Forget the record entirely, then. Focus on the pitchers in question. One of them throws 89/92 with swing-and-miss offspeed stuff but doesn't know where the ball is going. One of them throws 88/91 with swing-and-miss offspeed stuff and knows exactly where the ball is going. One of them has allowed a plethora of dingers this year. The other one hasn't. One of them both walks and strikes out a lot of batters, and the other one just strikes out a lot of batters.
One of them has had at least three bobblehead giveaways over the last few years. The other one is a minor league free agent. That's why I'm surprised the Giants made the (temporary) move in the first place; it had to be a tough decision, even coming from people forced to watch Lincecum pitch over the last month. The move was made, the early returns are in, and the temporary label looks more and more, well, temporary. Petit's probably used to be home runs, and he's in the right park for that affliction.
An interesting note is that the Giants had lost all six of Petit's previous appearances, and they're now 9-25 when appears in a game. This has nothing to do with how he's pitched, usually. He's just been the peroxide-soaked cotton ball on the severed artery. He's looking like a competent rotation cog right now, though. It's been a while since the Giants had five of those.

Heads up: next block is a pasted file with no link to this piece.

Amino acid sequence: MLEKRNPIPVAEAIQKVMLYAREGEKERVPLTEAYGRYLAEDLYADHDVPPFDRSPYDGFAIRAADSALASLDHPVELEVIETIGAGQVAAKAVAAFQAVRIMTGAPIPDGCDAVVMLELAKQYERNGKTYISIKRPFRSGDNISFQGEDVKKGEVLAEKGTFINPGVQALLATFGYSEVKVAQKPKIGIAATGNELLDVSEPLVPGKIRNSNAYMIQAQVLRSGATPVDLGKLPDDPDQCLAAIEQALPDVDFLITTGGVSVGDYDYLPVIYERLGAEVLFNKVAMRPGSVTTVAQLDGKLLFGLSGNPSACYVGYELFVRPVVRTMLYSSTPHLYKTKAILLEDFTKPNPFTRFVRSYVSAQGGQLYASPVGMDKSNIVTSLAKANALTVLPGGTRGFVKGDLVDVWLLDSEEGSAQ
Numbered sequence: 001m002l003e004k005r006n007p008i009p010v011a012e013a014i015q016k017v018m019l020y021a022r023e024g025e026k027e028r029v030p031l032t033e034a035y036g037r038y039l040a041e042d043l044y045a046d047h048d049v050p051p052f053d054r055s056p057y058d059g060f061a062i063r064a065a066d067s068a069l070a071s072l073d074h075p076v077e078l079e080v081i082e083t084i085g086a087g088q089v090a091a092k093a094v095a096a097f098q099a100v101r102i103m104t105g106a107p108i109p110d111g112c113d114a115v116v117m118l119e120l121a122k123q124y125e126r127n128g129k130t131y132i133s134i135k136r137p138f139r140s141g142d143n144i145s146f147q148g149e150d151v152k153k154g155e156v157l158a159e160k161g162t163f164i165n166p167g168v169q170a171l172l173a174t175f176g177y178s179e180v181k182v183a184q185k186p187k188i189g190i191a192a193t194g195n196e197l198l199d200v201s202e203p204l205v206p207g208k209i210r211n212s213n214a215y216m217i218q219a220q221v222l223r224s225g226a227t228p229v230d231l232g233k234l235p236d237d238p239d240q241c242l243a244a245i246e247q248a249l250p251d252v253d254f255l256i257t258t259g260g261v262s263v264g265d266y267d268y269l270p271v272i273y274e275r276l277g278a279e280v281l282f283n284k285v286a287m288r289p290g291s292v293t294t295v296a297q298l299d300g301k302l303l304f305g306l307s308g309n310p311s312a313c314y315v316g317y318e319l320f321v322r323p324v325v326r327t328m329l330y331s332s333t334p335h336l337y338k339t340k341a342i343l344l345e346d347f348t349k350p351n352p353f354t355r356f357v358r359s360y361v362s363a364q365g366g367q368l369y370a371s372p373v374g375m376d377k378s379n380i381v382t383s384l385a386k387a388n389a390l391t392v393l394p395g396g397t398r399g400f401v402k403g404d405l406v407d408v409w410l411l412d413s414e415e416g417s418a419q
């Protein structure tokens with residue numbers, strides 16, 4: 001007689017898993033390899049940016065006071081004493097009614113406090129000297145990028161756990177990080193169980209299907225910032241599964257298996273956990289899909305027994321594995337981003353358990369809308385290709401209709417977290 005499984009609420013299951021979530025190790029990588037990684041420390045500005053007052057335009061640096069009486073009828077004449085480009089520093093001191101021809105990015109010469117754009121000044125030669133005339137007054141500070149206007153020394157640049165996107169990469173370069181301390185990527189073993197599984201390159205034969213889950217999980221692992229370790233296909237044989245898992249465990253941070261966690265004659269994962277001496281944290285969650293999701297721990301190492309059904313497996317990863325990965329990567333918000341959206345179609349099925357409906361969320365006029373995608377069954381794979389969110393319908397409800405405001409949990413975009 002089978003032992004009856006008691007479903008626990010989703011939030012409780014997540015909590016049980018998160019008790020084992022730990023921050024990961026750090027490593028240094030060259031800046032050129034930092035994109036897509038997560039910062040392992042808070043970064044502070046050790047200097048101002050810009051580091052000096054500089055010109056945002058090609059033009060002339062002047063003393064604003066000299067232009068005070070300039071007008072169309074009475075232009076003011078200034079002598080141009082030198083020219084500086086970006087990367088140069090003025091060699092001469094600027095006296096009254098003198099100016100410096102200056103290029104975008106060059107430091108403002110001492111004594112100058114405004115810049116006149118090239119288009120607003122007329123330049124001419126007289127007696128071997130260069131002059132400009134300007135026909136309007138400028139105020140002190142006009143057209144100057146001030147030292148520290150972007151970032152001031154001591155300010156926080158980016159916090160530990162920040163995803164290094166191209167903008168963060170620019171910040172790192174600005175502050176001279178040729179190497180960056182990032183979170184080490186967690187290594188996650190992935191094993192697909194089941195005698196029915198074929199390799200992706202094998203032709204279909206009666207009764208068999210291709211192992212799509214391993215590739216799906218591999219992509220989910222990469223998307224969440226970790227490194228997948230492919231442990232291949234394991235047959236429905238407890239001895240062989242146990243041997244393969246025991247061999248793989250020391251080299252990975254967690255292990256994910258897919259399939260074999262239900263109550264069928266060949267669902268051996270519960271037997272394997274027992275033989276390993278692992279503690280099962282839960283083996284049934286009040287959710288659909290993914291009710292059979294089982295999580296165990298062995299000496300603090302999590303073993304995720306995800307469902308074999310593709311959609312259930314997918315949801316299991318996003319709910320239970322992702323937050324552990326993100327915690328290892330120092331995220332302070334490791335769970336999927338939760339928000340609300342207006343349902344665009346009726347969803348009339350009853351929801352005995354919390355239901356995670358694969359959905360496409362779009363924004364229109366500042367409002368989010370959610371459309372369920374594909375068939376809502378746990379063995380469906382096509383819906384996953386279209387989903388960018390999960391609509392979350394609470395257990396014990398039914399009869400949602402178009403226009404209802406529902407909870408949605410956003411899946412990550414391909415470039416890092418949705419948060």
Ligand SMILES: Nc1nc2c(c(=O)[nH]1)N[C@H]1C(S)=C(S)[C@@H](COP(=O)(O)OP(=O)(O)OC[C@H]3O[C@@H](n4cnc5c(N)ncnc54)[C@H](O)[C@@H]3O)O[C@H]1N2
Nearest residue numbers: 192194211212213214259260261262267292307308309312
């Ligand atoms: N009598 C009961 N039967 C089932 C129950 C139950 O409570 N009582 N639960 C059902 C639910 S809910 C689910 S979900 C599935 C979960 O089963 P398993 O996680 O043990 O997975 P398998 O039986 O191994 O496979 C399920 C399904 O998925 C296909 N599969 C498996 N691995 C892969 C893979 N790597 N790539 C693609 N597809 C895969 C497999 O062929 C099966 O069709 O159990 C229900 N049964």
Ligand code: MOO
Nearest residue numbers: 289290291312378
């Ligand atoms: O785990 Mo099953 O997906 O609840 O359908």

Andrew Susac needs a catchphrase.
We have Buster Posey and "I ain't havin' it." We're willing to ignore his explanation, too, where he says he didn't have a good grip on the ball and said "I didn't have it" because the catchphrase is too great. We're almost five years into the I-ain't-havin'-it myth, and it's probably safe to assume it's never going away.
Susac needs one of those. I know there are some folks in and around the Giants organization who read this site on accident. You have a job to do for us. You need to film Susac at all times and get him to say something catchphrase-worthy.
This soda's flat. Get this thing out of here.
Anything. We can work with anything. Lop off the part about the soda being flat, and we'll eagerly adopt it.
Why are you trying to set my arm on fire?
This can be trimmed to a GIF of "My arm('s) on fire." It would require the person reading this to give Susac a "hotfoot" but on the arm, but players love that stuff, so give it a try.
I'm not trying to be a contrarian, but I think The Incredibles is the best movie Pixar ever released.
We'll see, but there's a chance of "I think I'm incredible" with that one. Really, just film everything and report back. We'll find the catchphrase later.
The Giants have hit a home run in each of their last nine games. That's the 33rd time they've had a streak that long since moving to San Francisco and the second time this season.
Dingers, everyone. Dingers.
It would honor a great man.
It also means a region of the Solar System that's filled with asteroids.
Next time, Brandon. You have to promise.
Also, I kind of like the name "Kuiper" for a boy.